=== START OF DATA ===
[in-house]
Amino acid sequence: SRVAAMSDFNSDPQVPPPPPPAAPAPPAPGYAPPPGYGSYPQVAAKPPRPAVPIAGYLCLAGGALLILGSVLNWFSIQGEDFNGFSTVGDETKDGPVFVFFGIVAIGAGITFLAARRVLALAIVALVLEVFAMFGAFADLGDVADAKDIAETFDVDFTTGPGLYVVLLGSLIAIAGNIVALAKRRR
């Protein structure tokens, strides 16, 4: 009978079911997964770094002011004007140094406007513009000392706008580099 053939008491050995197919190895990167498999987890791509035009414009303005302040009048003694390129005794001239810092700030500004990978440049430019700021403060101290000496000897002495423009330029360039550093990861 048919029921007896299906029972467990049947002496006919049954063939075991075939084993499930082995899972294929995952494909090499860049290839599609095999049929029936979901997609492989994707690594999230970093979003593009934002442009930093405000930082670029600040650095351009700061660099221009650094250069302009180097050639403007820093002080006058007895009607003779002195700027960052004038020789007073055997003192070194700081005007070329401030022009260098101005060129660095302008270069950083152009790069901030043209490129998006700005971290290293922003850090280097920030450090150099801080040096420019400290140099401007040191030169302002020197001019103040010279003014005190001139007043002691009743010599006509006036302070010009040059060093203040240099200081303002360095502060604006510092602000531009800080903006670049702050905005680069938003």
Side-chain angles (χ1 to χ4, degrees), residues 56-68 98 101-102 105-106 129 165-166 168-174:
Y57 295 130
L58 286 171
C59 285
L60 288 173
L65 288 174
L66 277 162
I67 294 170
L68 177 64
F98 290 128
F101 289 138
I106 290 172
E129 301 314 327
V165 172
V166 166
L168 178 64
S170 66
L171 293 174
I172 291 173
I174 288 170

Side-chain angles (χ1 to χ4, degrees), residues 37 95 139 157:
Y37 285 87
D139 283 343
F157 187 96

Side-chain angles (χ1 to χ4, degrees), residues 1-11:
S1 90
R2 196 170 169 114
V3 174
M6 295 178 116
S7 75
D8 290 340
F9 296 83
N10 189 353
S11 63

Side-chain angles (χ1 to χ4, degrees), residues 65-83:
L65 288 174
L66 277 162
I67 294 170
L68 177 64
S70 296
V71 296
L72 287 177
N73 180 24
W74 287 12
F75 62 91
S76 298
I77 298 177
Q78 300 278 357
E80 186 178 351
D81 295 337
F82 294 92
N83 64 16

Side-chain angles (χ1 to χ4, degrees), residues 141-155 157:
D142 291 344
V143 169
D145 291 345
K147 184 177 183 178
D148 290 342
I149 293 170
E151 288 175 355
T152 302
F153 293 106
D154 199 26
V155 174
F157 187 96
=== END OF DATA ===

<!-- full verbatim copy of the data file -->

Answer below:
[in-house]
Amino acid sequence: SRVAAMSDFNSDPQVPPPPPPAAPAPPAPGYAPPPGYGSYPQVAAKPPRPAVPIAGYLCLAGGALLILGSVLNWFSIQGEDFNGFSTVGDETKDGPVFVFFGIVAIGAGITFLAARRVLALAIVALVLEVFAMFGAFADLGDVADAKDIAETFDVDFTTGPGLYVVLLGSLIAIAGNIVALAKRRR
């Protein structure tokens, strides 16, 4: 009978079911997964770094002011004007140094406007513009000392706008580099 053939008491050995197919190895990167498999987890791509035009414009303005302040009048003694390129005794001239810092700030500004990978440049430019700021403060101290000496000897002495423009330029360039550093990861 048919029921007896299906029972467990049947002496006919049954063939075991075939084993499930082995899972294929995952494909090499860049290839599609095999049929029936979901997609492989994707690594999230970093979003593009934002442009930093405000930082670029600040650095351009700061660099221009650094250069302009180097050639403007820093002080006058007895009607003779002195700027960052004038020789007073055997003192070194700081005007070329401030022009260098101005060129660095302008270069950083152009790069901030043209490129998006700005971290290293922003850090280097920030450090150099801080040096420019400290140099401007040191030169302002020197001019103040010279003014005190001139007043002691009743010599006509006036302070010009040059060093203040240099200081303002360095502060604006510092602000531009800080903006670049702050905005680069938003």
Side-chain angles (χ1 to χ4, degrees), residues 56-68 98 101-102 105-106 129 165-166 168-174:
Y57 295 130
L58 286 171
C59 285
L60 288 173
L65 288 174
L66 277 162
I67 294 170
L68 177 64
F98 290 128
F101 289 138
I106 290 172
E129 301 314 327
V165 172
V166 166
L168 178 64
S170 66
L171 293 174
I172 291 173
I174 288 170

Side-chain angles (χ1 to χ4, degrees), residues 37 95 139 157:
Y37 285 87
D139 283 343
F157 187 96

Side-chain angles (χ1 to χ4, degrees), residues 1-11:
S1 90
R2 196 170 169 114
V3 174
M6 295 178 116
S7 75
D8 290 340
F9 296 83
N10 189 353
S11 63

Side-chain angles (χ1 to χ4, degrees), residues 65-83:
L65 288 174
L66 277 162
I67 294 170
L68 177 64
S70 296
V71 296
L72 287 177
N73 180 24
W74 287 12
F75 62 91
S76 298
I77 298 177
Q78 300 278 357
E80 186 178 351
D81 295 337
F82 294 92
N83 64 16

Side-chain angles (χ1 to χ4, degrees), residues 141-155 157:
D142 291 344
V143 169
D145 291 345
K147 184 177 183 178
D148 290 342
I149 293 170
E151 288 175 355
T152 302
F153 293 106
D154 199 26
V155 174
F157 187 96